I particularly liked when they talked about how a primary goal of MovNat is to create a culture that once again moves in a mindful manner.  Too many times do I see people practically dragging their feet as they ‘walk’ without much if any consideration to their posture or timing.  Those same people are often quite oblivious to the space through which they are moving (people who may bump into you in the grocery store even though you may have been clearly standing in front of them).  It doesn’t help that these days it isn’t really necessary to walk on anything besides flat, uniform surfaces that don’t really require much thinking to travel across during our daily happenings.  Or that it is equally easy to travel on unobstructed sidewalks and paths devoid of overhanging vegetation or similar obstacles that we used to regularly deal with during most of our species’ existence living in the wild.  Not that I’m saying we should necessarily install obstacles on sidewalks and hallways (though I wouldn’t complain), just that we ought to practice mindfulness and awareness more during our everyday interactions (Although, I do find it useful and fun to venture off the beaten path from time to time and travel through an environment that isn’t designed with a bipedal ape’s locomotion in mind).  In other words, next time you walk through a doorway try to be more mindful of your actions, considerate of others and “don’t slam the fucking door”

A few other aspects of MovNat were discussed in addition to what I mentioned, but I don’t want this post to get too lengthy so I’ll move on (heh).  The remainder of the first day and the entireity of the second (other than the written exam which dealt primarily with material from the manual) we went through 11 of the 13 MovNat Movement Skills.  Swimming and defending aren’t covered in the level 1 certification, which was fine with me because I’m a pretty poor swimmer anyway.  The instructors did a great job of breaking down each skill in a manner that made learning and teaching them fairly straightforward.  Some of the skills like balancing and crawling were mostly just review for myself having been practicing them for a while now, but that doesn’t mean I didn’t learn a few new tricks to hone my skills further.

Other skills such as throwing and catching were basically new to me but I found them pretty easy to pick up (heh, again).  The second day we covered running which I honestly thought I had down pretty good, but little did I know I’d basically been running fairly inefficiently for a little while now.  I attribute this partly to having run incorrectly (thick soled shoes, heel-striking) for years, but also since lately I’ve almost exclusively been sprinting short distances which changes my form fairly substantially.  I certainly understand the importance of being able to run efficiently over a long period, but after doing it all throughout high school I honestly prefer to just walk and occasionally sprint for the most part.  I fully intend to work on my slow-paced running form quite a bit so that I can properly teach it to those who wish to learn, though.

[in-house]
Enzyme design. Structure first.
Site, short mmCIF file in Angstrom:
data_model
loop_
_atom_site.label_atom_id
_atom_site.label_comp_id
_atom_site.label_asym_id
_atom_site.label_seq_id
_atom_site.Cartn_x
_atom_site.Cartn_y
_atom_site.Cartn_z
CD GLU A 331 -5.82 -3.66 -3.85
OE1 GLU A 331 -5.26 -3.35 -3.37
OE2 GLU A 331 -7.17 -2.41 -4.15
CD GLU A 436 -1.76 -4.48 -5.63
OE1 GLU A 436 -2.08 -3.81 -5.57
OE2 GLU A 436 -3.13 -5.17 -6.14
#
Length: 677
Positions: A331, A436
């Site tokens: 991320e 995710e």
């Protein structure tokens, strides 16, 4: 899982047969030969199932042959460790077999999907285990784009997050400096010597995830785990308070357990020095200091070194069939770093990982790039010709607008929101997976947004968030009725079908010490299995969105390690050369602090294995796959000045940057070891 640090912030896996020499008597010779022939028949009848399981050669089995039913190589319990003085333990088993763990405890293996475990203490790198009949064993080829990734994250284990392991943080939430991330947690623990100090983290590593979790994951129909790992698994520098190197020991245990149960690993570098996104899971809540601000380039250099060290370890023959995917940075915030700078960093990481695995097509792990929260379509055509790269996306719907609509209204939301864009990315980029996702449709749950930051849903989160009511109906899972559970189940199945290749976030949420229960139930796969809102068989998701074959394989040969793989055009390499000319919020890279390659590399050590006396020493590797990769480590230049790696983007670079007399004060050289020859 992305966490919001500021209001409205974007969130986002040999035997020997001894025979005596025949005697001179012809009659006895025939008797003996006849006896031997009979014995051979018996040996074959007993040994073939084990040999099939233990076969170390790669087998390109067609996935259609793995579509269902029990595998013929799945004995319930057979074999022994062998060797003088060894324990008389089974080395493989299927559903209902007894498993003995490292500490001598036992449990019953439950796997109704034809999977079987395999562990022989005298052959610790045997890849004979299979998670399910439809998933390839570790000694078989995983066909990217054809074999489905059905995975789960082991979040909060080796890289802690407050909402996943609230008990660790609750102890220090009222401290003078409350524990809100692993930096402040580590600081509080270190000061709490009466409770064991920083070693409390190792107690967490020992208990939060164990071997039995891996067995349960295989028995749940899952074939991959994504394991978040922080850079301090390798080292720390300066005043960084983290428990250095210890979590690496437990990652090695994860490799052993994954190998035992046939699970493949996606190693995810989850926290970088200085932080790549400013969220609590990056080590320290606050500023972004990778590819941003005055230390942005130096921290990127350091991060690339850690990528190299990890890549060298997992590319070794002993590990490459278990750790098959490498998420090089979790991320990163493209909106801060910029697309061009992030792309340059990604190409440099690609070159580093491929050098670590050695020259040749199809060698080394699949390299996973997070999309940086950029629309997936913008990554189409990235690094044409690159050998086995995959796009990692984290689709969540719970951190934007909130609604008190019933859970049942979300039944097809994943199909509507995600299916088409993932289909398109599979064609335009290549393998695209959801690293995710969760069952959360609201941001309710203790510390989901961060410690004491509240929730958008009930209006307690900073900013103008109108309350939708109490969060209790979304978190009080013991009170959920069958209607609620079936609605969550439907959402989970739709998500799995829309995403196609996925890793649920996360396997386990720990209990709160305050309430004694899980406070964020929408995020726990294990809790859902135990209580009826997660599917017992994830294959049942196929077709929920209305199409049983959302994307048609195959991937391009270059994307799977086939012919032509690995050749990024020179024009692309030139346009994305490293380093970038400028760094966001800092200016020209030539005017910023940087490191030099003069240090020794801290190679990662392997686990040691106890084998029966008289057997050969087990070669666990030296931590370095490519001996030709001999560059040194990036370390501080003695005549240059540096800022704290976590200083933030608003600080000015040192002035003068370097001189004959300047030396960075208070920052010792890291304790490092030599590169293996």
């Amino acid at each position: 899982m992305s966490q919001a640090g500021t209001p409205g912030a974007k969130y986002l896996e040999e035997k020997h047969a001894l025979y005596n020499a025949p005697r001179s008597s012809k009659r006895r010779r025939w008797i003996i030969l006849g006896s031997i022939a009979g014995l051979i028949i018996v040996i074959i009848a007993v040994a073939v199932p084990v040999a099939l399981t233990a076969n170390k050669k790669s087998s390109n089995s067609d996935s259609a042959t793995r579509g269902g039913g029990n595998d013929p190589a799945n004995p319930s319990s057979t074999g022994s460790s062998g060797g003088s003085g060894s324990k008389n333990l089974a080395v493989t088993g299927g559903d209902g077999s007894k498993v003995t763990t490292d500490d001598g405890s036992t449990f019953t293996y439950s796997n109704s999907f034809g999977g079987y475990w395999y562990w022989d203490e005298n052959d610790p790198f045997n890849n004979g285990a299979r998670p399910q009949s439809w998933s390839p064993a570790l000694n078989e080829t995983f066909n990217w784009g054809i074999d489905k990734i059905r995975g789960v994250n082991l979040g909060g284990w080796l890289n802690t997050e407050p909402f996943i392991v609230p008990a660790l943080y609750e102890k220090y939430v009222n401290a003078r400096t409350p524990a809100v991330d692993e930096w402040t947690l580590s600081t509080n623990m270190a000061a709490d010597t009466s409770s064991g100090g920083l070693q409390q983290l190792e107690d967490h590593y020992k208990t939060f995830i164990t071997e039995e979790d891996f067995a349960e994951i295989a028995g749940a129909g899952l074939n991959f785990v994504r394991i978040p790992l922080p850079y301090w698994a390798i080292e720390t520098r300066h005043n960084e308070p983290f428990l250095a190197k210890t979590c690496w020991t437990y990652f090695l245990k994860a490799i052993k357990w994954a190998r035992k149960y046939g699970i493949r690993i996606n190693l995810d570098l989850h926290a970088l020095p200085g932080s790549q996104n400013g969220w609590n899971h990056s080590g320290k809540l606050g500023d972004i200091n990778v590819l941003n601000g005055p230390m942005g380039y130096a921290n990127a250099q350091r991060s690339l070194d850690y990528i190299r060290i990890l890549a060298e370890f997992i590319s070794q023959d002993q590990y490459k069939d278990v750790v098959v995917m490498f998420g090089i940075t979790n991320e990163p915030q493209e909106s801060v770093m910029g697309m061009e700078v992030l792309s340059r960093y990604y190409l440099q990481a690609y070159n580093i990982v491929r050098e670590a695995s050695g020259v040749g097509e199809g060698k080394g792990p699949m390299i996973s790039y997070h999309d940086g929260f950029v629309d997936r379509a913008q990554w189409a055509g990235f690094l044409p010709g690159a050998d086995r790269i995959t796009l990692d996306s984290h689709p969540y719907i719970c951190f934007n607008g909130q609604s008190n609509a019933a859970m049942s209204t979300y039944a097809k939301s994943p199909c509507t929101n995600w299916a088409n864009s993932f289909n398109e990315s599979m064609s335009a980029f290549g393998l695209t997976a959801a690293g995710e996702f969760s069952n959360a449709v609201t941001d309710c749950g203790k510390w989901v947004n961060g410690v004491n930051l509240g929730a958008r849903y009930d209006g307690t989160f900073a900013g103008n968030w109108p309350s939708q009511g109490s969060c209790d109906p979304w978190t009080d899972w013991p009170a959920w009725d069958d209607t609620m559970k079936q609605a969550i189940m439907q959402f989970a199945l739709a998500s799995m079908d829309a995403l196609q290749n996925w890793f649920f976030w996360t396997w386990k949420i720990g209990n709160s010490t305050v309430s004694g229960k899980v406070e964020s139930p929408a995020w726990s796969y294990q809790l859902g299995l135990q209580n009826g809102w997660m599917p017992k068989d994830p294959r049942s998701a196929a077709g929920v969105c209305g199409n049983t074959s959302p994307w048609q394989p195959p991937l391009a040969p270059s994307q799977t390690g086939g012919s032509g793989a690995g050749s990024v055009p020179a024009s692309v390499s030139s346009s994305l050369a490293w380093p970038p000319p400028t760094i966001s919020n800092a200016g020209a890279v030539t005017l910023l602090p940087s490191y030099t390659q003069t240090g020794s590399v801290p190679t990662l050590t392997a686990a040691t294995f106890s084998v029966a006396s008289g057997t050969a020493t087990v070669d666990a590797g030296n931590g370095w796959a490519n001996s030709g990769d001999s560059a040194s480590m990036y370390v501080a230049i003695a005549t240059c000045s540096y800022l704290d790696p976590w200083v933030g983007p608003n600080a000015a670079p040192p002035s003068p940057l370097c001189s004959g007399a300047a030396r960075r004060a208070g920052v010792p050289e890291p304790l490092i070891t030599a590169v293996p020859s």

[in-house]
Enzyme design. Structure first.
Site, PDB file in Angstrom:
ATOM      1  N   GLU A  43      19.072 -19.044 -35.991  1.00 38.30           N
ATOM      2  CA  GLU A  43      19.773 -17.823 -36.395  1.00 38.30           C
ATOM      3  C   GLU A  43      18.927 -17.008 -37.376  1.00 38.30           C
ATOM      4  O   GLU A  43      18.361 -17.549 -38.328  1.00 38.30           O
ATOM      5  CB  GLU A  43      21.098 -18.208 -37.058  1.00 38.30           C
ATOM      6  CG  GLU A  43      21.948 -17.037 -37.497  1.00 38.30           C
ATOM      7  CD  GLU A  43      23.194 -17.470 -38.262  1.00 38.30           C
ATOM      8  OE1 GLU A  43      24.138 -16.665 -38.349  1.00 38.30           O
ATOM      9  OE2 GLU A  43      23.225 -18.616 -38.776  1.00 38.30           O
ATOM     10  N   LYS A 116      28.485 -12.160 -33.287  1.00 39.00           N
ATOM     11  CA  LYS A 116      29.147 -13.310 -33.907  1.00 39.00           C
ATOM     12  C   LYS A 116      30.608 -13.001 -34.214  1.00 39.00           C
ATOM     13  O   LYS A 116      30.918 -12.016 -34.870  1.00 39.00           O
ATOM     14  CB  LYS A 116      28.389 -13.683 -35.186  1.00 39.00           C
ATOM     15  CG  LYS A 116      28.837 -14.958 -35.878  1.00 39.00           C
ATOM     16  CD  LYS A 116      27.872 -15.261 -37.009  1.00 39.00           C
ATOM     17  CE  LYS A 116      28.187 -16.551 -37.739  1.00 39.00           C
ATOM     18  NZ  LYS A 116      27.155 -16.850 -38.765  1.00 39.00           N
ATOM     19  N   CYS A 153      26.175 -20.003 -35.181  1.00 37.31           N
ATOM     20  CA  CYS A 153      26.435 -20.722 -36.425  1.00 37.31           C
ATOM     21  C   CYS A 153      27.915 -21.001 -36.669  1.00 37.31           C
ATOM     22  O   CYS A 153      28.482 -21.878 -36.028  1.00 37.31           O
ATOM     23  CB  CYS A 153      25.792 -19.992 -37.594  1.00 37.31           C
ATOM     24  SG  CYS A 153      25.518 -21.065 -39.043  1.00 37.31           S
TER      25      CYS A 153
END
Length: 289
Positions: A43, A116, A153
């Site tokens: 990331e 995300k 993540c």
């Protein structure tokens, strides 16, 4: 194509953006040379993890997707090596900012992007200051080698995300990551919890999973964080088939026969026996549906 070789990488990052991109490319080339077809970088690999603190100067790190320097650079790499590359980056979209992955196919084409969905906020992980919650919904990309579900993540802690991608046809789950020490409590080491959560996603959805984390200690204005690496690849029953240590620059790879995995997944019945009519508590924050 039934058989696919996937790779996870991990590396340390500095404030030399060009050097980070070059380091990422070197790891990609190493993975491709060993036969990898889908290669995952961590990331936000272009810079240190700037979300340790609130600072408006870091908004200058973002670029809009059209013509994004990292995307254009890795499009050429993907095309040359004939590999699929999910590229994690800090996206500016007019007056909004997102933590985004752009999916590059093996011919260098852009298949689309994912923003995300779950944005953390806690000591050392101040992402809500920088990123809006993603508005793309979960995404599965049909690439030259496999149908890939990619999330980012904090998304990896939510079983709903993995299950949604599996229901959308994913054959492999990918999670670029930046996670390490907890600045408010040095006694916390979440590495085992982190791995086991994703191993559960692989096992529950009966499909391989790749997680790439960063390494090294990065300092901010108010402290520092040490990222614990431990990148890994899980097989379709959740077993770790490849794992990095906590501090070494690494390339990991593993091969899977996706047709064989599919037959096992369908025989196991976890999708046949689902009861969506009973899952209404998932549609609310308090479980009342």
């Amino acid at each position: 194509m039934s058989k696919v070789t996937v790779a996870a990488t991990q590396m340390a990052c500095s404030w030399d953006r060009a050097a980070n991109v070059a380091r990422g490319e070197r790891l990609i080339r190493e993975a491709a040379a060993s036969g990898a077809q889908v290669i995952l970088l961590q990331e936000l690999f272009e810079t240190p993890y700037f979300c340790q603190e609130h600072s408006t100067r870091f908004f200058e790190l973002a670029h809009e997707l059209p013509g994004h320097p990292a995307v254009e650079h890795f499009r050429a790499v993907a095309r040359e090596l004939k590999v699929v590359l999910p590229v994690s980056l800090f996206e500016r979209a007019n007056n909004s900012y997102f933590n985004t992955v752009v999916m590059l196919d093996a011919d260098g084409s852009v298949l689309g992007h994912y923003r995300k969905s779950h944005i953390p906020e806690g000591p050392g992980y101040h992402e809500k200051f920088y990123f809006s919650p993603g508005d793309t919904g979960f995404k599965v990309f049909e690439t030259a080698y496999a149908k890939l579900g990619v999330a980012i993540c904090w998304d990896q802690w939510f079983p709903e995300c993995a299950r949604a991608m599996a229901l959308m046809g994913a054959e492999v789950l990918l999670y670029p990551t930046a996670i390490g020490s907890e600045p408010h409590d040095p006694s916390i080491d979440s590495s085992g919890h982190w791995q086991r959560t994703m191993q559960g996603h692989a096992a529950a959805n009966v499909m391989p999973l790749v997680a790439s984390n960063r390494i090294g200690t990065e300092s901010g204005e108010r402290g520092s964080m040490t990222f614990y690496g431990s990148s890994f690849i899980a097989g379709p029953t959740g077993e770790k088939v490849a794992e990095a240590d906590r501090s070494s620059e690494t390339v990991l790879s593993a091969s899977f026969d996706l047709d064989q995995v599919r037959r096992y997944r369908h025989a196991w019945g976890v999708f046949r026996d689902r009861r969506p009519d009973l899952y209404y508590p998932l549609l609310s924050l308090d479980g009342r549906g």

The fourth and final day of the workshop consisted almost entirely of testing.  Needless to say many of us were pretty nervous, and I was certainly no exception.  We were split up into two groups and taken through each of the different stations and tested one-by-one.  I’m fairly comfortable performing most of the movement skills by myself, but when you’re being watched by several people and scrutinized by an instructor it’s a slightly different story.  Needless to say my heart and respiration rates were elevated during each of the tests, but I don’t think this impacted my performance too much.

For the most part, I completed each of the tests with relative ease, with the exception of running.  I have a tendency to over think things anyway, but with running there’s a whole lot to think about if you’re trying to run efficiently.  You’ve got to think about keeping a long and straight spine (along with proper posture in general), relaxed arms with appropriate arm-swing motions, appropriate cadence and stride length, etc.  I found this to be pretty tough because normally with running I just sort of go and tend not to think too hard since that usually results in inefficiency for some reason.  Brian (one of the trainers) actually had a really good suggestion to begin running with goofy, silly form so as not to over think it and more easily transition to proper form immediately after.  In hindsight, I totally should have taken this advice during the test, but oh well.

Following the movement skills test was the coaching test.  I was definitely much more nervous about this test due to having never coached anyone before other than a short practice session we had the previous day (which didn’t go terribly smoothly for me).  We all took turns being clients and coaches.  It was pretty fun being a client because you got to act like a newb or broken person or just a jackass sometimes.